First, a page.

I suppose there are as many jokes about budgeting as there are about mothers-in-law. Many people dread the budget cycle as a necessary evil to be endured. But, it doesn’t need to be this way. Indeed, to many companies, budgets and forecasts are strategic weapons. These companies deploy best practices to lead the way.
Best Practice #1 – Share the Vision
The real goal of budgeting is not to count travel costs per salesperson. That number may need to be computed during the budget cycle. The real goals of the company are to achieve a certain level of revenue attainment, while keeping costs under control. Do they need better products, more products, more salespeople, better supplier relationship management, etc.? The budget cycle should start out with a clear articulation of operational strategy over the next 12 months.
Best Practice #2 – Share the Drivers – Build driver-based models
As stated above, travel expense per salesperson does not drive the operating vision. But, the rollout of new products could have a major impact on the new operating strategy. Suppose you are rolling out two new product lines. When will they be available? What is the sales plan? What are the costs? What are the revenue targets? Will they cannibalize older products? Use drivers to model the new product strategy.
Best Practice #3 – Develop Rational Budget Templates
Budgets will need to be developed across a variety of dimensions: Division, Product, Market, Administrative function (e.g., Finance, HR, IT). The tricks are to: a) keep the number of reporting units to a manageable number, and b) keep the level of detail in each budget relatively spare. The goal is always centered on operational strategy.
Best Practice #4 – Include Capital Projects, New Strategies, Sales Plan HR Plan …
There are likely to be new capital projects in the next 12 months, and they must be reflected in the budget. Moreover, for new strategies being executed, all current work on the new strategy (especially capital outlays) must be included in the budget. Also, operating plans by department should be developed and linked to the overall budget
Best Practice #5 – Publish the Budget Calendar and Accountability
Here are some of the required components:
–For each individual budget, define who is responsible, who will be reviewing, and when the review must be completed.
–For each individual budget, define how and where the budget will be aggregated. At the aggregation level, each person responsible must ensure that all individual budgets are delivered and reviewed on a timely basis.
–Corporate functions (e.g., Sales, Manufacturing, HR, IT) must align their budgets with the operating units.
–Budgets will be aggregated into budget books, for review with top management. The budget books will include summary reports, graphics, dashboards and scorecards
–After top management review, time should be allocated for revising the budgets.
Best Practice #6 – Visibility
On a monthly basis, management will publish the budgets and actuals. Management will also provide a brief summary on progress on the operational strategy, and any budget revisions that have been done.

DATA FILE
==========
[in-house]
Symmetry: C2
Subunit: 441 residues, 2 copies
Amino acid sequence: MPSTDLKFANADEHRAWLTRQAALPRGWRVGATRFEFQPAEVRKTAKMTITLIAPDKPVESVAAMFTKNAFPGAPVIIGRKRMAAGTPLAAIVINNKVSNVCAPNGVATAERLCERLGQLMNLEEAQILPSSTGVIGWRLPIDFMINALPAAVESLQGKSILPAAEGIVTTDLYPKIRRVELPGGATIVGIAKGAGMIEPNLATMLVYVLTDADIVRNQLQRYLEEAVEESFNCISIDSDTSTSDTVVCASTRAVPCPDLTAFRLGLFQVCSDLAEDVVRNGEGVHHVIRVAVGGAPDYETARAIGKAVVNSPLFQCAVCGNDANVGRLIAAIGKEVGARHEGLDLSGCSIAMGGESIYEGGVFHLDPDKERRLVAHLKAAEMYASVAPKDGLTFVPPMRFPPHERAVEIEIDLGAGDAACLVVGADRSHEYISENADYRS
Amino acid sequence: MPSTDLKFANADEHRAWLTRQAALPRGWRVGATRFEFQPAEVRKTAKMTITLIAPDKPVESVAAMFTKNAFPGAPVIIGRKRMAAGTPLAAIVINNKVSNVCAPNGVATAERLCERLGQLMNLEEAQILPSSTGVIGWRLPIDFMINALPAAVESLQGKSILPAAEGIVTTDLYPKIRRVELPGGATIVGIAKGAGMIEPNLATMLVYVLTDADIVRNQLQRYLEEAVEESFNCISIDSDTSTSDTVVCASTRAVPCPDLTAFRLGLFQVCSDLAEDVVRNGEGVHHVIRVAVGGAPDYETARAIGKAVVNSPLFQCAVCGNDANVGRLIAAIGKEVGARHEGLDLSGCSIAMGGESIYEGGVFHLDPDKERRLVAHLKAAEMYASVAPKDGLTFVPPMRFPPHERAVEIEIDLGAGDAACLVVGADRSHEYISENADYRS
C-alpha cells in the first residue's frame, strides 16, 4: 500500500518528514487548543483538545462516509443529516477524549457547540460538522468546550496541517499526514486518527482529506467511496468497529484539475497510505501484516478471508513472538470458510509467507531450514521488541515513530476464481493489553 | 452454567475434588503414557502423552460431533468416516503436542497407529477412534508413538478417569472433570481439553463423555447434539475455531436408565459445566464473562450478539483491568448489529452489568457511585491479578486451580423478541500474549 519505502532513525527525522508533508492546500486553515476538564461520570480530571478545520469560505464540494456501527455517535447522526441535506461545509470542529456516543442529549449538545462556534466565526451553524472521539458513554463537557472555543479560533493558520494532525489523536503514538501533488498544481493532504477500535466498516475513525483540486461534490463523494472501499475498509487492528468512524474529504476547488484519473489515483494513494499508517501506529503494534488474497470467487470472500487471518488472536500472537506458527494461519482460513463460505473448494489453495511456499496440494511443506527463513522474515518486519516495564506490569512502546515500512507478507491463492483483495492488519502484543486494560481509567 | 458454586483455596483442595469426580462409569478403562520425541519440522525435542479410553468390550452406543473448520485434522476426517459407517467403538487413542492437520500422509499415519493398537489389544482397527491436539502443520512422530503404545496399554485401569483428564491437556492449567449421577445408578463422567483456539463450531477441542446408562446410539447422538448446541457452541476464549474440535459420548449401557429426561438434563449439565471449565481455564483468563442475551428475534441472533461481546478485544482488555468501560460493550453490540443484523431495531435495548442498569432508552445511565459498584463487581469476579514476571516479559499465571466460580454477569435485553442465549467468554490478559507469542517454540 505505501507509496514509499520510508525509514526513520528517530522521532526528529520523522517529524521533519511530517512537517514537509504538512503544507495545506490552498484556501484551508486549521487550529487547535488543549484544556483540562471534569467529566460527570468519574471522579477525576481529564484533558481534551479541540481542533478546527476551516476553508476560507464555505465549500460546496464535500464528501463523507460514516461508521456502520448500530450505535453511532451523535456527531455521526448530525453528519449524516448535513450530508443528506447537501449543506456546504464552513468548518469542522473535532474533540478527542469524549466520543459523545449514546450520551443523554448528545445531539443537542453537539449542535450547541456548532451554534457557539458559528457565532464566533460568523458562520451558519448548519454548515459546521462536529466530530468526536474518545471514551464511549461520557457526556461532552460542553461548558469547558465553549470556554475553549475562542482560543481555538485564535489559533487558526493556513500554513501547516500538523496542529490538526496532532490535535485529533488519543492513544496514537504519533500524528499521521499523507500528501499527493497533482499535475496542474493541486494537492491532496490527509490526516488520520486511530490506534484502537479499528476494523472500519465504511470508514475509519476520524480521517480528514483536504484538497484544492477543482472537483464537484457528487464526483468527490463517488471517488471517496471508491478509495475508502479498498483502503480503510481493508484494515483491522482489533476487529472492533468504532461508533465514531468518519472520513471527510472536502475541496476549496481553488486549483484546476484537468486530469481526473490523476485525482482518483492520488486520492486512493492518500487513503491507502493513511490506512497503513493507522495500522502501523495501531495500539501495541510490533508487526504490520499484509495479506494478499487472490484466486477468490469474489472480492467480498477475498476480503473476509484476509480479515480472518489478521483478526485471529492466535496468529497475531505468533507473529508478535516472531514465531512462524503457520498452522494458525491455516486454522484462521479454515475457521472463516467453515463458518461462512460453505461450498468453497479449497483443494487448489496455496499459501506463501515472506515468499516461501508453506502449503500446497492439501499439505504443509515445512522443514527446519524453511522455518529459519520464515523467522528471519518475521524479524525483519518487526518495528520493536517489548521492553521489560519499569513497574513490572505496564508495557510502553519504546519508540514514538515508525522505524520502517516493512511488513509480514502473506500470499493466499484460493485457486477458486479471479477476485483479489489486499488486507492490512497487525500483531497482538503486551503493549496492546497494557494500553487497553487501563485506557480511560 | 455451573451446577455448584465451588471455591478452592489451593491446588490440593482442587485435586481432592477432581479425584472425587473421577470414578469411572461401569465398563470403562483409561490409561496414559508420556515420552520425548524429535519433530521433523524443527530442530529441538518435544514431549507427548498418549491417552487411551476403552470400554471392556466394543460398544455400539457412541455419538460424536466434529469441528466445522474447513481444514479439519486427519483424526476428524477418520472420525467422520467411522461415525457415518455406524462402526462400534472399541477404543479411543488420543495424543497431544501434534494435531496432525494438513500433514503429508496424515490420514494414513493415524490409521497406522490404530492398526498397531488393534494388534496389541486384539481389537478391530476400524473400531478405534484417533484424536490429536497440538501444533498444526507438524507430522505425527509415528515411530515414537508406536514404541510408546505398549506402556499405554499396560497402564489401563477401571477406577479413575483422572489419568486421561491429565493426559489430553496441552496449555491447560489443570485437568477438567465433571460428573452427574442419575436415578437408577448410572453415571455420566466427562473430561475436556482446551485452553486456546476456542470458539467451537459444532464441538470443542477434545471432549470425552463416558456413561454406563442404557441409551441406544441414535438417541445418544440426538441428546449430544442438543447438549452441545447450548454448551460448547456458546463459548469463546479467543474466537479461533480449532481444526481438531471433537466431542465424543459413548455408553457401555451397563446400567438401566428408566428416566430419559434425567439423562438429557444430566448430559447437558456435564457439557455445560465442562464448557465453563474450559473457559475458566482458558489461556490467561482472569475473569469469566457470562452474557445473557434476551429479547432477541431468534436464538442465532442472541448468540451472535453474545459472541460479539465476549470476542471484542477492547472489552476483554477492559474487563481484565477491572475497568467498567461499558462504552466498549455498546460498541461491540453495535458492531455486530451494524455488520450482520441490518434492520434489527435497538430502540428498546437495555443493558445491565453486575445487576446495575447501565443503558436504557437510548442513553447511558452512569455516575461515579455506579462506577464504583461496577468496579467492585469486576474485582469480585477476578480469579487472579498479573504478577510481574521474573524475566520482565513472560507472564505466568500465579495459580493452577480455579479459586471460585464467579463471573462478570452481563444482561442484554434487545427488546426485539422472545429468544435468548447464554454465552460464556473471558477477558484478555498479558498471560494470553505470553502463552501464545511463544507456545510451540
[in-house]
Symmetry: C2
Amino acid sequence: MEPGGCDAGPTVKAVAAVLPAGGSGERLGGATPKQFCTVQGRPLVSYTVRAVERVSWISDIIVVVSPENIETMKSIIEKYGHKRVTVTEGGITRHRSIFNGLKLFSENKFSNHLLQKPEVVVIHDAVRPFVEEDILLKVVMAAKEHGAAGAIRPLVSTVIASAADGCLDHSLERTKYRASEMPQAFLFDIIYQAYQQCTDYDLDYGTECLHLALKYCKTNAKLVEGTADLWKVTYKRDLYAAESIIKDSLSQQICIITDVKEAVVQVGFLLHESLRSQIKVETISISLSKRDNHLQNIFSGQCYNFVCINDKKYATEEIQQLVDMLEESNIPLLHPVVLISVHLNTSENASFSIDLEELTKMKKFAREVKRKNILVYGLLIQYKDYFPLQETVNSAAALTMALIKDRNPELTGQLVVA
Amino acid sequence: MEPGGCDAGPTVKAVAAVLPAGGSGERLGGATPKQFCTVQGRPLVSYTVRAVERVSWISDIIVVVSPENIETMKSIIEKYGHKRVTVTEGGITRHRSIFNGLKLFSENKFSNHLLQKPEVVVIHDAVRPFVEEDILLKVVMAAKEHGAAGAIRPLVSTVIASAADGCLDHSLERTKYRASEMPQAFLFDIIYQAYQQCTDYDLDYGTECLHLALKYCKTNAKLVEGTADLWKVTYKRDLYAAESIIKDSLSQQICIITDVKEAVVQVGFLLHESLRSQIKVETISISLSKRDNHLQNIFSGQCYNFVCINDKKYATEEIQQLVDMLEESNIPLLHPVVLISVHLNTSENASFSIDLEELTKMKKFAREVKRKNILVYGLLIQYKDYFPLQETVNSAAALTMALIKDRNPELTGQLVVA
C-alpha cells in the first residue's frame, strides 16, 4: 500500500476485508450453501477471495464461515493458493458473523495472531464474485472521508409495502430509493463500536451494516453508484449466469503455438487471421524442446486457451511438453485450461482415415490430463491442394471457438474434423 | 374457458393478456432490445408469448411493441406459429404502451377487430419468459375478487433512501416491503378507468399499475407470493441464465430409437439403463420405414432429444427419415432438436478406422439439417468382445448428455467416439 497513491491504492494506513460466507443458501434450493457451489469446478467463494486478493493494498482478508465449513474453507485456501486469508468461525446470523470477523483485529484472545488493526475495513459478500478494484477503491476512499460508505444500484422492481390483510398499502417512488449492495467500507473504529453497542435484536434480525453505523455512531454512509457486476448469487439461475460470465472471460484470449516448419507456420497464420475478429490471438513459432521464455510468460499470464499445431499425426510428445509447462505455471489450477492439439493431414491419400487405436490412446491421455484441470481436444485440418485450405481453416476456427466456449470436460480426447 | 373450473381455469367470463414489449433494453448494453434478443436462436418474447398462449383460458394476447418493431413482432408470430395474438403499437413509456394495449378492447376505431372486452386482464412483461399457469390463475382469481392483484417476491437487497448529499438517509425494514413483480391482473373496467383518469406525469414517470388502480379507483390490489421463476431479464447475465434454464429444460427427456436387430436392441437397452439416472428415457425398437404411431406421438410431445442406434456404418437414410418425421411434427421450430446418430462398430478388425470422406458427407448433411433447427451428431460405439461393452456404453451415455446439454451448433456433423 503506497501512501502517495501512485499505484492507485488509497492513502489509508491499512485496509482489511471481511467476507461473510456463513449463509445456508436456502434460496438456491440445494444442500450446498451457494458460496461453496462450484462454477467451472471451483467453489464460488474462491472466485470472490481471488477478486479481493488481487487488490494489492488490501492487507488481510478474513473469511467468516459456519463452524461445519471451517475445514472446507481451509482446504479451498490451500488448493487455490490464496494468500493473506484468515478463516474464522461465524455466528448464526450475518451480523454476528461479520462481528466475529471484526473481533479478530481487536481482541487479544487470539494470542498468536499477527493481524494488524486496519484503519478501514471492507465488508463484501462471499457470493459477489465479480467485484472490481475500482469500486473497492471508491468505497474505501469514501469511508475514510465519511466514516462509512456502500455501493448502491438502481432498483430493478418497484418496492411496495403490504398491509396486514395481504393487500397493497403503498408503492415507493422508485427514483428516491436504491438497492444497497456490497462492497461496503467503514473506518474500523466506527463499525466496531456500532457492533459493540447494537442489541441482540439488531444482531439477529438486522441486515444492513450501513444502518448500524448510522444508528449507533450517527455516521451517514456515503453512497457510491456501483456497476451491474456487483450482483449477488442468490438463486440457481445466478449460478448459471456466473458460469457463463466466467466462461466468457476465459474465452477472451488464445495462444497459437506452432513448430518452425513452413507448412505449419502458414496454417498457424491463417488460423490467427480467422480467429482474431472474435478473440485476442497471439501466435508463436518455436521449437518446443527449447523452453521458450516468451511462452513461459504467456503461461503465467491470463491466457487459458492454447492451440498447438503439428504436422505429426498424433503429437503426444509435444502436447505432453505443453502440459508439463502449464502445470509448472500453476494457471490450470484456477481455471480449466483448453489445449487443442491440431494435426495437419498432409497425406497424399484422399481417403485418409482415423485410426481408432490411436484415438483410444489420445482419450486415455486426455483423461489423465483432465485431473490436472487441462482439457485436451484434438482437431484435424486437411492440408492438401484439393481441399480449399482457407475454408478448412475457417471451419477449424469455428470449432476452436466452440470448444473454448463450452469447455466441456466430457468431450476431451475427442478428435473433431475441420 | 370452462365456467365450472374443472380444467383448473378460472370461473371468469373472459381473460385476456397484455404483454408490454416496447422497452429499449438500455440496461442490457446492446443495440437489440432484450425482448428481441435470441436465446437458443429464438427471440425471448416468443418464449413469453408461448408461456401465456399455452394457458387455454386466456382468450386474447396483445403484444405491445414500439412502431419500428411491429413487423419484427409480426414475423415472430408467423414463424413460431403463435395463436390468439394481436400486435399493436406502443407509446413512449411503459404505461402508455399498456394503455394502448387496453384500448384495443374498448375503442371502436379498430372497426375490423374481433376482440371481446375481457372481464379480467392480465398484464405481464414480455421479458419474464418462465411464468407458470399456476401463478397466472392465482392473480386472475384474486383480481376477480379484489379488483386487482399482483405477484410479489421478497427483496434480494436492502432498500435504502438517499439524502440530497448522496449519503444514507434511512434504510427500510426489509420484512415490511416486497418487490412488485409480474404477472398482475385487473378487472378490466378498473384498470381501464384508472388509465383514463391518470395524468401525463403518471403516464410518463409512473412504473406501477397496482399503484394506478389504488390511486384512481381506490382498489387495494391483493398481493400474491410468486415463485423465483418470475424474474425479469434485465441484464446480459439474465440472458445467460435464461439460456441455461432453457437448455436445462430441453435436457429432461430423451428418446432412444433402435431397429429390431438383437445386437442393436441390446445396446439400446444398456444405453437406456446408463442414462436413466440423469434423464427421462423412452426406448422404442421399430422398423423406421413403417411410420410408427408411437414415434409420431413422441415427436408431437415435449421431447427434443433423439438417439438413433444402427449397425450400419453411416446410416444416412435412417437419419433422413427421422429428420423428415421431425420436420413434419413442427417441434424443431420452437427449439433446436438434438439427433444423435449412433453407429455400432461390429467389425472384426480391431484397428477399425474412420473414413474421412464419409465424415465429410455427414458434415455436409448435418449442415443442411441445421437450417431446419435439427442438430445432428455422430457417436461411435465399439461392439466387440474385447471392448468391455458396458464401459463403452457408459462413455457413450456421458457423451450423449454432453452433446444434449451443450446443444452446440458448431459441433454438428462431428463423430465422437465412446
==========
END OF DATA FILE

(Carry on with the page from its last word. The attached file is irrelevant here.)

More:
Best Practice #7 – Forecasts and Revised budgets
Revising the budget is encouraged if it can materially help the operating strategy for the current year. In addition, it may be quite valuable to create forecasts beyond the current budget horizon. Forecasts with no impact are obviously a waste of time.
Best Practice #8 – Incentives
Managers who are accountable for budget delivery should have clear objectives (and incentives) built into their compensation plan.
Best Practice #9 – Acquire Best-in-Class Software
In order to meet the best practices described above, software should be acquired that includes:
–unified data repository
–team management and accountability
–report writing, graphics, dashboards, scorecards.
Now, best-in-class software will be quite useful for deploying best practices, but not all the software vendor’s customers are deploying best practices.
OK, this is a little tricky:
The “best” best practices improve the operational performance of the company. And, of course, strong budgeting and forecasting software is required.
The “next best” best practices improve the operational performance of the budgeting and forecasting process. Indeed, shortening the budgeting cycle by 60 days/year is a good thing. But, really, if the new budget doesn’t help the company perform better, they may have a lower TCO, but where are the real benefits?
Best Practice #10 – Get educated on best practices
–Ask the software vendors to give you case studies on customers who have deployed best practices
–Ask the software vendor for white papers
–Talk to the software vendors’ implementation team
–Talk to the software vendors’ implementation partners
–Talk to other consulting firms.
–Talk to analyst firms
–Join forums on-line (e.g., Proformative)
Bottom Line: We can’t promise to put the joy back in budgeting. But companies that deploy best practices for budgeting and forecasting earn more profits, which make their shareholders smile.